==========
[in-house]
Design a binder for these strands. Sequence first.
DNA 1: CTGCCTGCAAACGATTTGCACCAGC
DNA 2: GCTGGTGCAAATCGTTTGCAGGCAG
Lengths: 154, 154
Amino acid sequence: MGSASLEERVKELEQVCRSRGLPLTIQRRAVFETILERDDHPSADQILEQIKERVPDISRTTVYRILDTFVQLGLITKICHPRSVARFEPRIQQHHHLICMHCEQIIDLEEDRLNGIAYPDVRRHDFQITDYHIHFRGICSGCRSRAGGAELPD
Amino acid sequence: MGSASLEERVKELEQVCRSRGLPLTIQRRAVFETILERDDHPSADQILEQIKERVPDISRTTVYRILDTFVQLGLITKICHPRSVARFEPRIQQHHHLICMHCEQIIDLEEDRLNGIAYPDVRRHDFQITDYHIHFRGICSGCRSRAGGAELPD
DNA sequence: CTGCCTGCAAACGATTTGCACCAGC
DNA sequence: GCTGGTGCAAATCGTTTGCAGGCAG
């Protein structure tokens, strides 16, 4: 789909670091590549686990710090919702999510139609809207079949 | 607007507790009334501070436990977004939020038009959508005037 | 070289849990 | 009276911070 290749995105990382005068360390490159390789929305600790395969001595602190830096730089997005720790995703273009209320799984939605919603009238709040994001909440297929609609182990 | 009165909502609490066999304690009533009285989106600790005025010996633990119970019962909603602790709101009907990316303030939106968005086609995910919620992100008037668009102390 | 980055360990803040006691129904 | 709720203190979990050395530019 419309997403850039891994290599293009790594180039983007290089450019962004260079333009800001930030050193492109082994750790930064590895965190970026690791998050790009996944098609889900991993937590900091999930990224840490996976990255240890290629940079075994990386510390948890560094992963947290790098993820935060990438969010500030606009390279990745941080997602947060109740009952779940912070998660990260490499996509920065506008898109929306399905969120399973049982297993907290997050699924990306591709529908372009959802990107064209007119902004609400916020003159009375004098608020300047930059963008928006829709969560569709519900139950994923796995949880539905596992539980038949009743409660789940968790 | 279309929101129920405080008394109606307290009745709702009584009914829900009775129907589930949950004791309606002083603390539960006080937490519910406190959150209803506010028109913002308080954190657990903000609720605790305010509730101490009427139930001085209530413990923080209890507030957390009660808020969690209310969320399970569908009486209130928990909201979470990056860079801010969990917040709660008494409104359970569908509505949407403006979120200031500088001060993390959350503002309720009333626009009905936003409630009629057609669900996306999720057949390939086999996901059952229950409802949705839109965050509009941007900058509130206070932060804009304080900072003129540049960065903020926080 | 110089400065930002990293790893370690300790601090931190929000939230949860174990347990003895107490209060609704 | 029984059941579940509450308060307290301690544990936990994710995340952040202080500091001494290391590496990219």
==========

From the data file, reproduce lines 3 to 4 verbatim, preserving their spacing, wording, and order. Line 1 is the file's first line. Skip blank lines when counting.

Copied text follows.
DNA 1: CTGCCTGCAAACGATTTGCACCAGC
DNA 2: GCTGGTGCAAATCGTTTGCAGGCAG